• Involvement. When employees are involved in the company’s activities and take part in the decisions that affect work, they are more likely to be satisfied and loyal to the company. According to DeMaria (2018), there are several employee involvement activities like joint decision making and consultation that aim at enhancing decision-making processes orienting on workers’ expertise and considering their interests and opportunities. Employee involvement initiatives include regular team meetings, team-building activities, consultation committees, and brainstorms.
  • Conflict management. While conflicts between employers and employees are inevitable within any company, specific actions can be taken by managers to prevent and resolve them quickly (Managing Workplace Conflict). In a healthy work environment, conflict management is seen not only as of the managers but everyone’s obligation.
  • Safe working environment. Employees feel safe in an environment where their rights and privacy are respected, and health and safety regulations are observed. Workers need to know that if something serious happens or if they make a mistake, they are free to go to their leader and talk about that without any fear or stress.
  • Rewards and benefits system. Granting employees with bonuses, raises, and promotions is a good way to show the company’s appreciation for their efforts (Cycyota et al., 2016). When workers are treated as the company’s greatest asset, they are more encouraged to do their best.

Effective employee relations within the company are grounded on each worker’s job satisfaction. The top characteristics of a perfect job include flexible work arrangements, career growth opportunities, professional training development courses, challenging tasks, a room for taking responsibilities, a safe and healthy work environment, flexible benefit plans, up-to-date technology, and a competitive salary. The company’s ambitions to establish an ideal workplace and constantly improve work conditions help it to maintain employees’ happiness, productivity, and loyalty to the company.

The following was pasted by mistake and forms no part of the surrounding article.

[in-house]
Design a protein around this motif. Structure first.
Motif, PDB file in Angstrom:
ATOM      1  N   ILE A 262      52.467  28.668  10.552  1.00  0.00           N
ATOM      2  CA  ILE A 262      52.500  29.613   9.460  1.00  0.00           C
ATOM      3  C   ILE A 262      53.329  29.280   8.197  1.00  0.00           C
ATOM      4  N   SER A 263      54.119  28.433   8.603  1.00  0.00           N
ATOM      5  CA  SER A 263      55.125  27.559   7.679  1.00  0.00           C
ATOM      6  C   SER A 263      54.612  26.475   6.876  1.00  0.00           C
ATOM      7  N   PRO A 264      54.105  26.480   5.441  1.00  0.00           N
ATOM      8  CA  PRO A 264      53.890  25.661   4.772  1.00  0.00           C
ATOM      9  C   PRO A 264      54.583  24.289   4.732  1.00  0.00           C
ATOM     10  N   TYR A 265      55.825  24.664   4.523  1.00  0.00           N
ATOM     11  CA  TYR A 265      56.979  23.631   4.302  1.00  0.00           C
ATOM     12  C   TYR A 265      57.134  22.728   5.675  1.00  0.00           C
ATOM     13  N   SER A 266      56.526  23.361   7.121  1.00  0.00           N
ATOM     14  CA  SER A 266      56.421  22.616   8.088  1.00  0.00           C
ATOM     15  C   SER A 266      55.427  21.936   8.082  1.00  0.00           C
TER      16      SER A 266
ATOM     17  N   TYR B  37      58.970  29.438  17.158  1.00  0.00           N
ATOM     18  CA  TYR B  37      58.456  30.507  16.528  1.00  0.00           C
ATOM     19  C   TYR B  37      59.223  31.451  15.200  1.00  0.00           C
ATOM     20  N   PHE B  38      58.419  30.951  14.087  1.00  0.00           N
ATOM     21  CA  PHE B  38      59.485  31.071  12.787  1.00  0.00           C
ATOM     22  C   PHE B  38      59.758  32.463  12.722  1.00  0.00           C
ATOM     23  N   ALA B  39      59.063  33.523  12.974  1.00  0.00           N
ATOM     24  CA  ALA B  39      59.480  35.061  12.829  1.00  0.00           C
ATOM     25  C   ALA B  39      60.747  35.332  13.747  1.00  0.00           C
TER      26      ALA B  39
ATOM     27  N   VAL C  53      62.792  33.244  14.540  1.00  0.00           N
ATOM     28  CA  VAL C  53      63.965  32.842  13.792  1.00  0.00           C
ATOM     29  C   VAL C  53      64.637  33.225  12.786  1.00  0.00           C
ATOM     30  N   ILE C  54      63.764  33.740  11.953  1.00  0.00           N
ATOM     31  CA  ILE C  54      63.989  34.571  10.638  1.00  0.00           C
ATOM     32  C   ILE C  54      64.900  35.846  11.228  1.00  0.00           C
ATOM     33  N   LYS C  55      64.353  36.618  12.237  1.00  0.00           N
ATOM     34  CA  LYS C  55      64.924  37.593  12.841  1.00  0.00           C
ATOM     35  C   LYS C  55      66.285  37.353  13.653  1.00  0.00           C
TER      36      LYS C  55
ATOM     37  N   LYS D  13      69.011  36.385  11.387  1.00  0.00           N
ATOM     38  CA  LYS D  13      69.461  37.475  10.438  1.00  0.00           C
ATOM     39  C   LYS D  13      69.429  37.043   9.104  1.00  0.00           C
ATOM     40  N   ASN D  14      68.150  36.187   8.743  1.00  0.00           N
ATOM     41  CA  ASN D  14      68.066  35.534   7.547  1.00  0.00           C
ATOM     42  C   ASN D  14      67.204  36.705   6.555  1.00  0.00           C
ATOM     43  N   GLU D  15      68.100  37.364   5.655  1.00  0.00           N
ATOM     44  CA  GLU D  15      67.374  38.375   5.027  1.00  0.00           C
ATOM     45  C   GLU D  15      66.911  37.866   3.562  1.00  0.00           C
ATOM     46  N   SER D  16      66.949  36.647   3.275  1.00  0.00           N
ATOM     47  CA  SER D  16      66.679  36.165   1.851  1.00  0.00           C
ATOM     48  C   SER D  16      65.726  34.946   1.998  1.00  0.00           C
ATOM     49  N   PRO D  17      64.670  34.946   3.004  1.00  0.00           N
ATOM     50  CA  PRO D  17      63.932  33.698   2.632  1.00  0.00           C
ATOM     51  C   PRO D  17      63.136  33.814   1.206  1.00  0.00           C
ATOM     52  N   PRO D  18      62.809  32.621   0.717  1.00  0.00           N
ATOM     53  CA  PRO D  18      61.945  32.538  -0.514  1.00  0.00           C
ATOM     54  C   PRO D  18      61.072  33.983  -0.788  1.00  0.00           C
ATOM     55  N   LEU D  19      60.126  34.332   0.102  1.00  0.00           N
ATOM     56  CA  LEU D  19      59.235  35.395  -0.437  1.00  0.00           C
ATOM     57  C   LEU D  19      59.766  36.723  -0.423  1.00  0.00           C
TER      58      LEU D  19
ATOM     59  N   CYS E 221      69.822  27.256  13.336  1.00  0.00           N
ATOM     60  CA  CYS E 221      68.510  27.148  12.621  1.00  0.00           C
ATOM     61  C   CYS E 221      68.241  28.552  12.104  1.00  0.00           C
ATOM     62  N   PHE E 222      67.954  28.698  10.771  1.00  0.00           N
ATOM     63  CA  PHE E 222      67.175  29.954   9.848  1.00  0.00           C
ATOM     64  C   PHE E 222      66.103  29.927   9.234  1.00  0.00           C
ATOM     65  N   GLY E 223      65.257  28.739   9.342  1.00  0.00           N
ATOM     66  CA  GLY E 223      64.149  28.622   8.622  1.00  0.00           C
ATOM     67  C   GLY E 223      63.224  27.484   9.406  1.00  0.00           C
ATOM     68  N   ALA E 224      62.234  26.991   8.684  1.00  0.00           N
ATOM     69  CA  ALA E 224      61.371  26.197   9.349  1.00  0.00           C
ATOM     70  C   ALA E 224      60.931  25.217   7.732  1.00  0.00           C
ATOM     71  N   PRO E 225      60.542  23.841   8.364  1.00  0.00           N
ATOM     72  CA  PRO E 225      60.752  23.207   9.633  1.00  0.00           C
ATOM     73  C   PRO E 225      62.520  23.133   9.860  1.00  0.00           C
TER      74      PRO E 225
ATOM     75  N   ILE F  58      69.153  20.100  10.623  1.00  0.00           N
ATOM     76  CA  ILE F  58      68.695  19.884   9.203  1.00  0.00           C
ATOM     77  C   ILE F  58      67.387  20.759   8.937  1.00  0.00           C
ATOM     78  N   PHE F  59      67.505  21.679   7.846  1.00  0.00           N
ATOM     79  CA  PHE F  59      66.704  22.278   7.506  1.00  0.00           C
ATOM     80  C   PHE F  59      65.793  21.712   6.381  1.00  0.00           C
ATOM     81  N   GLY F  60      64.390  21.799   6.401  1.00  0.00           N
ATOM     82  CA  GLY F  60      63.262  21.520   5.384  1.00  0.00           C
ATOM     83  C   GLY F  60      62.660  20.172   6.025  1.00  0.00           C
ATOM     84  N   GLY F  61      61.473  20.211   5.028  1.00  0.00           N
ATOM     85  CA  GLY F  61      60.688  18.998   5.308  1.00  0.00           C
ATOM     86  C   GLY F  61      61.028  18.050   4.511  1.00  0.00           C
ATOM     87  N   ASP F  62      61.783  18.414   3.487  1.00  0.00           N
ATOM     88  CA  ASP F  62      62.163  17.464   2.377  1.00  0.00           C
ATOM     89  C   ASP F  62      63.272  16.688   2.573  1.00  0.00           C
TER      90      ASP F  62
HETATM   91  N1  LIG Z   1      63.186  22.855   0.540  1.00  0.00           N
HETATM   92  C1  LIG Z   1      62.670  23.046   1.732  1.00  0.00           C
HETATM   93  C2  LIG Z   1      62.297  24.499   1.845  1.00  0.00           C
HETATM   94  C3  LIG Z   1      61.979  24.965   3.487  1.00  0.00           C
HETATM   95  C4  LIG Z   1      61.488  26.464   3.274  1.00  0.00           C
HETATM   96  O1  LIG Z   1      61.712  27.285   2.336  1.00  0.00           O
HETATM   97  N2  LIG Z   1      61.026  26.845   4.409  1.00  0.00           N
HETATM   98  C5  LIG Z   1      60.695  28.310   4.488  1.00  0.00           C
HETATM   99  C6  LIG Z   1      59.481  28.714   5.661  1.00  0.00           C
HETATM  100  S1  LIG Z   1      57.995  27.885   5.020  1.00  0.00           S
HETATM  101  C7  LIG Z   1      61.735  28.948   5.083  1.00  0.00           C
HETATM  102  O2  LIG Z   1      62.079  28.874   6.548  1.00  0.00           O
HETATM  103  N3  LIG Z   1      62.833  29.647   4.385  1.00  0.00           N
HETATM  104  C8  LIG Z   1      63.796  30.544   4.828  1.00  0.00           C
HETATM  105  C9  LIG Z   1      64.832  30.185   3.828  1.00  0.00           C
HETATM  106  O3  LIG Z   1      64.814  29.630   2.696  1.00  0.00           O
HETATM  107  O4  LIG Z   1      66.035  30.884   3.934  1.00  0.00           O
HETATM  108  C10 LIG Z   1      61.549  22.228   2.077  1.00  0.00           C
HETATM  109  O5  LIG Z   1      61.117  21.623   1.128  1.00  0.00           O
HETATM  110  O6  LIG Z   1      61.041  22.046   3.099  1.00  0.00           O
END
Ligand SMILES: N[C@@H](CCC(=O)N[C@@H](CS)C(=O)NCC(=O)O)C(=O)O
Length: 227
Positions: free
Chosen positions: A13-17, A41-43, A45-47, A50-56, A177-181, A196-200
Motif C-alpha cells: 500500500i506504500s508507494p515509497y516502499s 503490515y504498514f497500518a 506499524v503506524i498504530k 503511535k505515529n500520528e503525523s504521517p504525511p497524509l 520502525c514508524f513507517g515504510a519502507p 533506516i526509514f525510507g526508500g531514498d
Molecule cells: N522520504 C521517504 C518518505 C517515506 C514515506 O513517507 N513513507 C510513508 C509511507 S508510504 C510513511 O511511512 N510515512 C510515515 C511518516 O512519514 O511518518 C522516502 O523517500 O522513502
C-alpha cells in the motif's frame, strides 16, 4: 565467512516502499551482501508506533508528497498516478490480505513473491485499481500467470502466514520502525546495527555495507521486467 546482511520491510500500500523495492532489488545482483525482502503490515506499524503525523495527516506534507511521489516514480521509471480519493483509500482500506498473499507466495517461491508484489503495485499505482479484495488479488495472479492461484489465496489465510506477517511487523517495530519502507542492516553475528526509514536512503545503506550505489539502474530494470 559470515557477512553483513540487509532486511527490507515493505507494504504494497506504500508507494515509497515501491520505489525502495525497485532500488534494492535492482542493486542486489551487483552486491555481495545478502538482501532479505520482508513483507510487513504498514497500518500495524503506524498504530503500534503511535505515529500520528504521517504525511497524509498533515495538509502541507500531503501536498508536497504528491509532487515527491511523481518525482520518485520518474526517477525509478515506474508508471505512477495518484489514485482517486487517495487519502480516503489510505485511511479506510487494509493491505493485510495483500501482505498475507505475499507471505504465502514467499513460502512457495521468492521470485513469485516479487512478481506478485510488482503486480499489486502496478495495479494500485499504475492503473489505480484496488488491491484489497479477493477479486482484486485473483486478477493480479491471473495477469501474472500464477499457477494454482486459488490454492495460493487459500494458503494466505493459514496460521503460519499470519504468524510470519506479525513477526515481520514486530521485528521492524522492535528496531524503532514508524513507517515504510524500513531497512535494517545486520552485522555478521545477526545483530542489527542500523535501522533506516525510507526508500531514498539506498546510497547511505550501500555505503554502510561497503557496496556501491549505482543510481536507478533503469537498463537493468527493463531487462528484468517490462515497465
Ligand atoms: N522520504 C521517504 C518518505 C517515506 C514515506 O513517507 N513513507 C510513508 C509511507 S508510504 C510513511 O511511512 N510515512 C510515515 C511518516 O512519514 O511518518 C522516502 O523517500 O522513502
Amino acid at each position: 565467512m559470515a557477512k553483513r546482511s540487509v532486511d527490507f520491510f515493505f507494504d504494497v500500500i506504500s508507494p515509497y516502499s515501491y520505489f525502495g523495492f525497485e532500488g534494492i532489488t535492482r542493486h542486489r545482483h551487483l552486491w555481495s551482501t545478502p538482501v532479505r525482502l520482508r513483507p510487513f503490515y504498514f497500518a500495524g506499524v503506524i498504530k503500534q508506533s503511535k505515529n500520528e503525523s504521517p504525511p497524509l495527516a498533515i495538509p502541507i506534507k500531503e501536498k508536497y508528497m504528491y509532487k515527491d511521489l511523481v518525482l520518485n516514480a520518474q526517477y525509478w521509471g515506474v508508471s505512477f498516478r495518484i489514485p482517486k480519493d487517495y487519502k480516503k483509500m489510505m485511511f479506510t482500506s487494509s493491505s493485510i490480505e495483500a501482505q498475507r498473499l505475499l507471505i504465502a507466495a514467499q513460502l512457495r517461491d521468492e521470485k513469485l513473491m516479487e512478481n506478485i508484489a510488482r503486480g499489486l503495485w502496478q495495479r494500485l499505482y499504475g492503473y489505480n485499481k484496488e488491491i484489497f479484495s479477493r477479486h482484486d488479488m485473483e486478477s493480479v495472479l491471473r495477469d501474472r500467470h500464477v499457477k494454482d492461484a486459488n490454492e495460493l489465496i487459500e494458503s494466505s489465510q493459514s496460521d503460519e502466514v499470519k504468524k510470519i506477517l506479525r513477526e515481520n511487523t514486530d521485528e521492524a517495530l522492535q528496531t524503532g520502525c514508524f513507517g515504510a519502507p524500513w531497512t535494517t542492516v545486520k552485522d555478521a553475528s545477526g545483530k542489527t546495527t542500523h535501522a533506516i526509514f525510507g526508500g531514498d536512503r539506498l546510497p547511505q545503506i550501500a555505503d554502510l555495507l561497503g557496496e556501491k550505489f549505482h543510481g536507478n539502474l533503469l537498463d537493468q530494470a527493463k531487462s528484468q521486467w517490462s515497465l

Employee Relations Problems

As the objectives of the company’s owners and personal goals and expectations of workers are generally different, there is always a potential for conflict within any company. Unresolved conflicts can result in poor performance, an increase in absenteeism and employee turnover, and also in the dysfunctional behavior of some members of the workgroup (Regalia, 2017). Several types of common workers relations issues can be distinguished:

  • Conflicts. Any conflict arising at a workplace is a clash of interests between either employers and workers or within a team. Unresolved conflicts lead to a high level of stress and divert employees’ attention from the job. If the conflicts are left neglected, they can escalate into large problems, such as discrimination and harassment issues, and greatly damage the company’s image (Managing Workplace Conflict). Disagreements can happen in any working environment, and some disputes between workers or even with a business owner may occur frequently. It is essential for maintaining the health and success of a company to find effective ways of managing conflicts. One of the main problems occurs when the two arguing parties do not talk to each other and discuss their issues, and the dispute can become much worse (Ugoani, 2019). Moreover, this may affect the company’s morale and success and the termination of employees.